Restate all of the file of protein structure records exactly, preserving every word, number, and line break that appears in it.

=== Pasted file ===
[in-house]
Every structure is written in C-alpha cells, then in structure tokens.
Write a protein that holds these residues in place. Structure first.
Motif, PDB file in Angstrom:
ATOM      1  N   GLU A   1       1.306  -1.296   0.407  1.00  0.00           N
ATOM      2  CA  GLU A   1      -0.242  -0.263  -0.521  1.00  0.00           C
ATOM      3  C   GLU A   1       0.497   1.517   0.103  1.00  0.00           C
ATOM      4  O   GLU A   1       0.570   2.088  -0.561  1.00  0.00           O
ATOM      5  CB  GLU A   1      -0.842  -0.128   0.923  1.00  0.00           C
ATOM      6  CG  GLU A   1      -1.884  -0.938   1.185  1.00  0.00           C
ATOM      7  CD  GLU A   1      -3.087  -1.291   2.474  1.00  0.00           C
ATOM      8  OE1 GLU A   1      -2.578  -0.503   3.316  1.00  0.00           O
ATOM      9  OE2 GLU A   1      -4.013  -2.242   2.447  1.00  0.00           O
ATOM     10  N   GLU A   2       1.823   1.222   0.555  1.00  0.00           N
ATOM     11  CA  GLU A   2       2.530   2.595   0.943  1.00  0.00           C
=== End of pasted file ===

[in-house]
Every structure is written in C-alpha cells, then in structure tokens.
Write a protein that holds these residues in place. Structure first.
Motif, PDB file in Angstrom:
ATOM      1  N   GLU A   1       1.306  -1.296   0.407  1.00  0.00           N
ATOM      2  CA  GLU A   1      -0.242  -0.263  -0.521  1.00  0.00           C
ATOM      3  C   GLU A   1       0.497   1.517   0.103  1.00  0.00           C
ATOM      4  O   GLU A   1       0.570   2.088  -0.561  1.00  0.00           O
ATOM      5  CB  GLU A   1      -0.842  -0.128   0.923  1.00  0.00           C
ATOM      6  CG  GLU A   1      -1.884  -0.938   1.185  1.00  0.00           C
ATOM      7  CD  GLU A   1      -3.087  -1.291   2.474  1.00  0.00           C
ATOM      8  OE1 GLU A   1      -2.578  -0.503   3.316  1.00  0.00           O
ATOM      9  OE2 GLU A   1      -4.013  -2.242   2.447  1.00  0.00           O
ATOM     10  N   GLU A   2       1.823   1.222   0.555  1.00  0.00           N
ATOM     11  CA  GLU A   2       2.530   2.595   0.943  1.00  0.00           C